Many whales are about to be saved. Iceland, one of three countries that engage in commercial whale hunting, may soon give it up entirely, when current quotas expire in 2024. We wish the reasons were for matters of compassion or environmental sustainability, but the reason given was that the demand for whales have declined dramatically and whaling is no longer profitable. There was also an impact on other businesses to take into account. For instance, Whole Foods stopped marketing Icelandic products when commercial whaling resumed there in 2006. Even so, Vanessa Williams-Grey from Whale and Dolphin Conservation said “This is obviously hugely welcome news.” But let’s not forget that there are two countries that are still killing whales, Norway and Japan.Read more
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Did you know that at least one third of the fish that are caught in commercial fishing nets are thrown back into the sea, dead or dying? Known as bycatch, this may be because they are a fish species that is not valuable to the fishing industry, but it can also be because they are mammals that just happened to get caught in the nets. Bycatch when fishing for tuna in particular is one of the leading causes of death for dolphins and other cetaceans, and their numbers are in steep decline as a result.
“Between 1950 and 2018, the fishing industry unintentionally caught around 4.1 million dolphins”, says Dr. Putu Liza Mustika, who worked on the study. A research team—led by Dr. Charles Anderson of the Maldivian Manta Marine organization—looked at bycatch rates in the Indian ocean to draw its conclusions.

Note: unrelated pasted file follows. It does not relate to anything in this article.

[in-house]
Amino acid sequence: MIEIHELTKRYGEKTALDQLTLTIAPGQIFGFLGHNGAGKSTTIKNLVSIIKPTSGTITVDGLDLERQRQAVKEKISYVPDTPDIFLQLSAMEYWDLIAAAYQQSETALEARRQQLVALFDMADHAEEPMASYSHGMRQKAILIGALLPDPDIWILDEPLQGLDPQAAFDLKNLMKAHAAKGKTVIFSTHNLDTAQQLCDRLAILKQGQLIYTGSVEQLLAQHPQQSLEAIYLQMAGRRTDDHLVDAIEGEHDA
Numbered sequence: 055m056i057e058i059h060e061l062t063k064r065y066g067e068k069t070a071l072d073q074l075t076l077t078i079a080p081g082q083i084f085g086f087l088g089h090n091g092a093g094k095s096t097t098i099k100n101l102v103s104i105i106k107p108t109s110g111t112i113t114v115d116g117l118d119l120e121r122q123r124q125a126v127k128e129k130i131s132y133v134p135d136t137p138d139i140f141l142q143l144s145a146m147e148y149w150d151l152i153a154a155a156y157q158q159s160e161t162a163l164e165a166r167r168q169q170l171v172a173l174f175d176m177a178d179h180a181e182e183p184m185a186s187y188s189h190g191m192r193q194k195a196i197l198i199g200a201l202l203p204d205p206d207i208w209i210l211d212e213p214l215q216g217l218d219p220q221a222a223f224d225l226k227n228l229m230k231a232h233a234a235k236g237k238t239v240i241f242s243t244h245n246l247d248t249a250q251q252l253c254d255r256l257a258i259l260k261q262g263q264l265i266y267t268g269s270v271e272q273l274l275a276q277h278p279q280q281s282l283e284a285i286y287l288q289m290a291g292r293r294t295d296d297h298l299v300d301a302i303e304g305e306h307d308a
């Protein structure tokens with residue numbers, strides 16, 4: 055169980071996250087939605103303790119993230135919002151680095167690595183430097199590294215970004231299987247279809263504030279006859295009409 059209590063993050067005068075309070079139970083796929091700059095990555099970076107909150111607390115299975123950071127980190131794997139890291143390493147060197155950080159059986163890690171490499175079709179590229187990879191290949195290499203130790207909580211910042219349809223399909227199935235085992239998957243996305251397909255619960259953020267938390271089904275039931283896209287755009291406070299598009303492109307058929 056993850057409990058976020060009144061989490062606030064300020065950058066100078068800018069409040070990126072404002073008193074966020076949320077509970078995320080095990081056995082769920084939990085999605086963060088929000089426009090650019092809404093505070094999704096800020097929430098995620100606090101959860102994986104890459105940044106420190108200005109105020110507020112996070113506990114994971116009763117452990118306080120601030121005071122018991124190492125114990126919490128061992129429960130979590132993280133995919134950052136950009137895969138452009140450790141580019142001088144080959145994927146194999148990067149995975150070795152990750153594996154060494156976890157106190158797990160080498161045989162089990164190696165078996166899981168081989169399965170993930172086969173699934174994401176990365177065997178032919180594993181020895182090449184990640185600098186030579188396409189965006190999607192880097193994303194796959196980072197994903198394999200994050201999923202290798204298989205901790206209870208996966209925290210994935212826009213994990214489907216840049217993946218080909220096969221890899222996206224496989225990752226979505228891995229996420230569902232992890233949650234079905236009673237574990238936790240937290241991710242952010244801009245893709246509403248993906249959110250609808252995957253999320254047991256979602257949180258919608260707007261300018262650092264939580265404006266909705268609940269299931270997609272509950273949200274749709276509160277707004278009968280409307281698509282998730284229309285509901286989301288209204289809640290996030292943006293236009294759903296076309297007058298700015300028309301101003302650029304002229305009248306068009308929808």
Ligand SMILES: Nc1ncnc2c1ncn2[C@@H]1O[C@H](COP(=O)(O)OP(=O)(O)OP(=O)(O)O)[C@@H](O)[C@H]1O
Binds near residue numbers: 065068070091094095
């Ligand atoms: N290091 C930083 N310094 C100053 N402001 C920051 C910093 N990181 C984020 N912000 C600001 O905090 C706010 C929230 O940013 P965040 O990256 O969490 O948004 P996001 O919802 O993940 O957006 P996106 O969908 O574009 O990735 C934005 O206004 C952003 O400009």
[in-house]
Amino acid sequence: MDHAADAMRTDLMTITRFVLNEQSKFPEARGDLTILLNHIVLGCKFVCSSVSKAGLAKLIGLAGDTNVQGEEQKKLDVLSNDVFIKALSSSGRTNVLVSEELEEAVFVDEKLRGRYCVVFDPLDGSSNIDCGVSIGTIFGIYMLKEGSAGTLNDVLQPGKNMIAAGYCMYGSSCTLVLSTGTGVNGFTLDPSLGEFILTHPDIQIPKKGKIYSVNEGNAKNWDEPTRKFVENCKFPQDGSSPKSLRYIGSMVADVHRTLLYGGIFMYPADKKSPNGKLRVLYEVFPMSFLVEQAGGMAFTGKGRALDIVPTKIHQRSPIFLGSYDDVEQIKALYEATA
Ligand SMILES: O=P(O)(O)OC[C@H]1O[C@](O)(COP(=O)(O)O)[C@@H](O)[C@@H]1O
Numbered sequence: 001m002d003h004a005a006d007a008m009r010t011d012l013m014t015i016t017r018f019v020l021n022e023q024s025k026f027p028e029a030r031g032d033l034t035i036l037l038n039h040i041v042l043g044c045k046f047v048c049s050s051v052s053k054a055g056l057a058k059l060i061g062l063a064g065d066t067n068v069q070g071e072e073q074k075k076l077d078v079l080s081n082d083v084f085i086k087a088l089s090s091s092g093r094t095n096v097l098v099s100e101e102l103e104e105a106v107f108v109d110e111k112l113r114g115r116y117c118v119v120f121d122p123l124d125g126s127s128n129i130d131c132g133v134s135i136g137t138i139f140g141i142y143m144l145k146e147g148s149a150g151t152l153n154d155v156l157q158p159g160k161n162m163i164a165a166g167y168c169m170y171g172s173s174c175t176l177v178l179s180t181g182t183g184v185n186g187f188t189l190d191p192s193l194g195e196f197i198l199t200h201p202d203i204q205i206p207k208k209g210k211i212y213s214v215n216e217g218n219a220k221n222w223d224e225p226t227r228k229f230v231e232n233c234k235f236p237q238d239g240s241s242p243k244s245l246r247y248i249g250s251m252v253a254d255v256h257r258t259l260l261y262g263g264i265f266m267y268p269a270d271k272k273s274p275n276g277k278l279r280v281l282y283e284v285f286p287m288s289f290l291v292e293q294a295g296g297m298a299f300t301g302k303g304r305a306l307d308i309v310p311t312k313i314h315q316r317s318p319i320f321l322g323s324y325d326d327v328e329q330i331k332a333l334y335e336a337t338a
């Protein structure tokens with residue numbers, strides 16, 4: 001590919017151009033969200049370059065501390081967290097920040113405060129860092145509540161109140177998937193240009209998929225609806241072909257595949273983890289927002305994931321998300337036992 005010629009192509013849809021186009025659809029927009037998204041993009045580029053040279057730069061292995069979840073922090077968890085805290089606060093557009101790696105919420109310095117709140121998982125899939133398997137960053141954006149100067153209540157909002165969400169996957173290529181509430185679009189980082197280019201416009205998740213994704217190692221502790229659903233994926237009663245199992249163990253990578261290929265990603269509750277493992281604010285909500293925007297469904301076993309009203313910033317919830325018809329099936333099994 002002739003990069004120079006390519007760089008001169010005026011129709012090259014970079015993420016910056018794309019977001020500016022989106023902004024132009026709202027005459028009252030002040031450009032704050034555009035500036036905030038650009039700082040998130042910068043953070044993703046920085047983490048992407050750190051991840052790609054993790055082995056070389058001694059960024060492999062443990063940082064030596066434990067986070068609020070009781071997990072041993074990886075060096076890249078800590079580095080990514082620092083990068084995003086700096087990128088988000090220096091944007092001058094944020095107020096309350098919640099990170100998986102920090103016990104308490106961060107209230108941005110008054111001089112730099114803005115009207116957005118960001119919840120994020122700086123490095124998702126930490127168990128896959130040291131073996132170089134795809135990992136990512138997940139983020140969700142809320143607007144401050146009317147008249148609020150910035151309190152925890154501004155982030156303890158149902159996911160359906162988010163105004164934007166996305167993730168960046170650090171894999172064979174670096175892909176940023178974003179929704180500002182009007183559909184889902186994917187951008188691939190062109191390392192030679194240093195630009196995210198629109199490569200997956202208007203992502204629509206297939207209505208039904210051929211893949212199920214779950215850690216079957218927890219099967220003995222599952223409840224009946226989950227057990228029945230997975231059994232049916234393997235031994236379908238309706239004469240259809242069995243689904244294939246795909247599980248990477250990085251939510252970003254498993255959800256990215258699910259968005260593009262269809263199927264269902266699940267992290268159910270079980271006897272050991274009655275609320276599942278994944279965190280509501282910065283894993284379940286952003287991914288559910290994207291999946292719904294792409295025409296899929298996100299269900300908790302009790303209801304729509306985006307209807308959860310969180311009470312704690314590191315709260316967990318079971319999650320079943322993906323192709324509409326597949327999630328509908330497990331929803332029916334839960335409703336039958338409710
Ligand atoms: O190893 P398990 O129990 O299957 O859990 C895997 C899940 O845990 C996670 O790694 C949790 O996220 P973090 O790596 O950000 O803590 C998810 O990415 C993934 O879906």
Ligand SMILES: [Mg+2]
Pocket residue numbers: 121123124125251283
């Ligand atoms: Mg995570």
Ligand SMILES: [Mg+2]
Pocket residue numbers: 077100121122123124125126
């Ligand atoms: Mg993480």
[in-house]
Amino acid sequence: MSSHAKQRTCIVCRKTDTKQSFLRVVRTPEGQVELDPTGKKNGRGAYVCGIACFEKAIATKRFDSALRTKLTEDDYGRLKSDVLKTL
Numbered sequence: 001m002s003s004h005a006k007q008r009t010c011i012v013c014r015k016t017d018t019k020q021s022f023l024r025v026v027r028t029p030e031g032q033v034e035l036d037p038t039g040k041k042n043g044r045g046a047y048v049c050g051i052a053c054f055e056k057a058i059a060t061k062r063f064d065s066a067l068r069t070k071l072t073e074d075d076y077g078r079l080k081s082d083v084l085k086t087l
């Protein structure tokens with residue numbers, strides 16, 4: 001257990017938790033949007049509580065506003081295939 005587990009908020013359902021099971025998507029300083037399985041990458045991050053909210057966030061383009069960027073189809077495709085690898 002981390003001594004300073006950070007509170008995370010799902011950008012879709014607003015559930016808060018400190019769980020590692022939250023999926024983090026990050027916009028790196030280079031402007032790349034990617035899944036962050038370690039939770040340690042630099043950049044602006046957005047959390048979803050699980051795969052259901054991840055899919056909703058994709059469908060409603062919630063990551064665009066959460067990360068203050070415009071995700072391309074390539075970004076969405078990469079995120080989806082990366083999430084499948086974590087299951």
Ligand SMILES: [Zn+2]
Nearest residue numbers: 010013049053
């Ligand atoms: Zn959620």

It’s bad news for whales. Japan has resumed commercial whaling, bringing back to port the country’s first official catch since it withdrew from the International Whaling Commission, a global organization committed to the conservation of whales. But Japan isn’t the only country still hunting whales, in spite of a 1986 ban on the practice. Norway and Iceland hunt whales too.
Whales roam throughout all of the world’s oceans, communicating with complex and mysterious sounds. Their sheer size amazes us: the blue whale can reach lengths of more than 100 feet and weigh up to 200 tons—as much as 33 elephants. Despite living in the water, whales breathe air. A thick layer of fat called blubber insulates them from cold ocean waters. And like humans, they are warm-blooded mammals who nurse their young. We know that they feel pain just like us too.